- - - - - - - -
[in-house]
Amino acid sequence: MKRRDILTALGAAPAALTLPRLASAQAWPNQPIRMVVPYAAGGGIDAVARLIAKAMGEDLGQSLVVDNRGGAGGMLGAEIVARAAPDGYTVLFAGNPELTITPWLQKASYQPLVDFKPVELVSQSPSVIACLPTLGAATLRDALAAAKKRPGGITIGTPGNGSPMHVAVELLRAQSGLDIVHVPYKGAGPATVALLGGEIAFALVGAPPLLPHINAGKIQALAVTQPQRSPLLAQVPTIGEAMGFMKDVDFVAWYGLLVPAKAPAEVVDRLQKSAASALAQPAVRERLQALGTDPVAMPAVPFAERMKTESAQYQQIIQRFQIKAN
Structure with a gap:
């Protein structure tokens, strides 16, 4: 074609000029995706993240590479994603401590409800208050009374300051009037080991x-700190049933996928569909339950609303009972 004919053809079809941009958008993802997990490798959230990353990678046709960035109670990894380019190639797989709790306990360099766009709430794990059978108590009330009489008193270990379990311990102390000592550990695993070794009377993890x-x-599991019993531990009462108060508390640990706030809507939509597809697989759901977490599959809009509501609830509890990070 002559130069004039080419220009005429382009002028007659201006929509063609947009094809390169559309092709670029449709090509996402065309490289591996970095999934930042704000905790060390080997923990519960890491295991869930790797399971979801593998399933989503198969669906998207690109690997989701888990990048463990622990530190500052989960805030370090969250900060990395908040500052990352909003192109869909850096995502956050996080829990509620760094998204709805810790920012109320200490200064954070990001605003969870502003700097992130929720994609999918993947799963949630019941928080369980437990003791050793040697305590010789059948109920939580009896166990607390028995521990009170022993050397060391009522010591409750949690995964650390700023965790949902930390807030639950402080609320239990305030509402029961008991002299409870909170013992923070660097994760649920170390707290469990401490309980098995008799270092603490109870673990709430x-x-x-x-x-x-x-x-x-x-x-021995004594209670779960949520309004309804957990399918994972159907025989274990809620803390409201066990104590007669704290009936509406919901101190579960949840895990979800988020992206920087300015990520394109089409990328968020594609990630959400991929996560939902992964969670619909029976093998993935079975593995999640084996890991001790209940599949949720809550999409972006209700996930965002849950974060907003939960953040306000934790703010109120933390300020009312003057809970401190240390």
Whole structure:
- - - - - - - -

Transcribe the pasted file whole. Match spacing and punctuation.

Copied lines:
[in-house]
Amino acid sequence: MKRRDILTALGAAPAALTLPRLASAQAWPNQPIRMVVPYAAGGGIDAVARLIAKAMGEDLGQSLVVDNRGGAGGMLGAEIVARAAPDGYTVLFAGNPELTITPWLQKASYQPLVDFKPVELVSQSPSVIACLPTLGAATLRDALAAAKKRPGGITIGTPGNGSPMHVAVELLRAQSGLDIVHVPYKGAGPATVALLGGEIAFALVGAPPLLPHINAGKIQALAVTQPQRSPLLAQVPTIGEAMGFMKDVDFVAWYGLLVPAKAPAEVVDRLQKSAASALAQPAVRERLQALGTDPVAMPAVPFAERMKTESAQYQQIIQRFQIKAN
Structure with a gap:
């Protein structure tokens, strides 16, 4: 074609000029995706993240590479994603401590409800208050009374300051009037080991x-700190049933996928569909339950609303009972 004919053809079809941009958008993802997990490798959230990353990678046709960035109670990894380019190639797989709790306990360099766009709430794990059978108590009330009489008193270990379990311990102390000592550990695993070794009377993890x-x-599991019993531990009462108060508390640990706030809507939509597809697989759901977490599959809009509501609830509890990070 002559130069004039080419220009005429382009002028007659201006929509063609947009094809390169559309092709670029449709090509996402065309490289591996970095999934930042704000905790060390080997923990519960890491295991869930790797399971979801593998399933989503198969669906998207690109690997989701888990990048463990622990530190500052989960805030370090969250900060990395908040500052990352909003192109869909850096995502956050996080829990509620760094998204709805810790920012109320200490200064954070990001605003969870502003700097992130929720994609999918993947799963949630019941928080369980437990003791050793040697305590010789059948109920939580009896166990607390028995521990009170022993050397060391009522010591409750949690995964650390700023965790949902930390807030639950402080609320239990305030509402029961008991002299409870909170013992923070660097994760649920170390707290469990401490309980098995008799270092603490109870673990709430x-x-x-x-x-x-x-x-x-x-x-021995004594209670779960949520309004309804957990399918994972159907025989274990809620803390409201066990104590007669704290009936509406919901101190579960949840895990979800988020992206920087300015990520394109089409990328968020594609990630959400991929996560939902992964969670619909029976093998993935079975593995999640084996890991001790209940599949949720809550999409972006209700996930965002849950974060907003939960953040306000934790703010109120933390300020009312003057809970401190240390």
Whole structure: